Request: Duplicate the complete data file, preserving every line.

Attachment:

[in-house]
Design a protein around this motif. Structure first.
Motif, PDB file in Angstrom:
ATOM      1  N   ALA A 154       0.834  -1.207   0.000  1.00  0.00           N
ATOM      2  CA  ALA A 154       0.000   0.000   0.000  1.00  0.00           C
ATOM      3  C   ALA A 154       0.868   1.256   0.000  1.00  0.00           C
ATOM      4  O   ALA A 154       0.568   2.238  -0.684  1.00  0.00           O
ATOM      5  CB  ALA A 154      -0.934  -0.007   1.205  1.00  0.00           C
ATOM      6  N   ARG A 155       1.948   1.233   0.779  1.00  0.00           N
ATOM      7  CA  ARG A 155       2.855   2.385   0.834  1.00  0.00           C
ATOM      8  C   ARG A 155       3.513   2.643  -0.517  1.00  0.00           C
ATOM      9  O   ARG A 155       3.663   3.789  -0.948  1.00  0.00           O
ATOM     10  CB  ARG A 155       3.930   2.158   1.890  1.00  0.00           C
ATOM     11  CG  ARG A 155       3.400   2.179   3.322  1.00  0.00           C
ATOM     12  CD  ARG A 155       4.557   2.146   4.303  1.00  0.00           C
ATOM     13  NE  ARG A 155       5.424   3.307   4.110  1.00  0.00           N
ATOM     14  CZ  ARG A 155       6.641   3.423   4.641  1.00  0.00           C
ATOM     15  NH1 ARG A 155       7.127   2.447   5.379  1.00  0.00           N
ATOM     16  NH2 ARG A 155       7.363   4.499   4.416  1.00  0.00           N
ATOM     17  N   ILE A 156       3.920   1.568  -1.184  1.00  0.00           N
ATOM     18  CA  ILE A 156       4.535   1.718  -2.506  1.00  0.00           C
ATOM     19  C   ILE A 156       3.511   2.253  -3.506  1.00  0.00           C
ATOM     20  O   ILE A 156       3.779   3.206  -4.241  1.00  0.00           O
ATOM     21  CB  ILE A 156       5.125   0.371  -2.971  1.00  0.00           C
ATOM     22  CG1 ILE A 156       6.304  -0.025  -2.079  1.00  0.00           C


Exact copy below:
[in-house]
Design a protein around this motif. Structure first.
Motif, PDB file in Angstrom:
ATOM      1  N   ALA A 154       0.834  -1.207   0.000  1.00  0.00           N
ATOM      2  CA  ALA A 154       0.000   0.000   0.000  1.00  0.00           C
ATOM      3  C   ALA A 154       0.868   1.256   0.000  1.00  0.00           C
ATOM      4  O   ALA A 154       0.568   2.238  -0.684  1.00  0.00           O
ATOM      5  CB  ALA A 154      -0.934  -0.007   1.205  1.00  0.00           C
ATOM      6  N   ARG A 155       1.948   1.233   0.779  1.00  0.00           N
ATOM      7  CA  ARG A 155       2.855   2.385   0.834  1.00  0.00           C
ATOM      8  C   ARG A 155       3.513   2.643  -0.517  1.00  0.00           C
ATOM      9  O   ARG A 155       3.663   3.789  -0.948  1.00  0.00           O
ATOM     10  CB  ARG A 155       3.930   2.158   1.890  1.00  0.00           C
ATOM     11  CG  ARG A 155       3.400   2.179   3.322  1.00  0.00           C
ATOM     12  CD  ARG A 155       4.557   2.146   4.303  1.00  0.00           C
ATOM     13  NE  ARG A 155       5.424   3.307   4.110  1.00  0.00           N
ATOM     14  CZ  ARG A 155       6.641   3.423   4.641  1.00  0.00           C
ATOM     15  NH1 ARG A 155       7.127   2.447   5.379  1.00  0.00           N
ATOM     16  NH2 ARG A 155       7.363   4.499   4.416  1.00  0.00           N
ATOM     17  N   ILE A 156       3.920   1.568  -1.184  1.00  0.00           N
ATOM     18  CA  ILE A 156       4.535   1.718  -2.506  1.00  0.00           C
ATOM     19  C   ILE A 156       3.511   2.253  -3.506  1.00  0.00           C
ATOM     20  O   ILE A 156       3.779   3.206  -4.241  1.00  0.00           O
ATOM     21  CB  ILE A 156       5.125   0.371  -2.971  1.00  0.00           C
ATOM     22  CG1 ILE A 156       6.304  -0.025  -2.079  1.00  0.00           C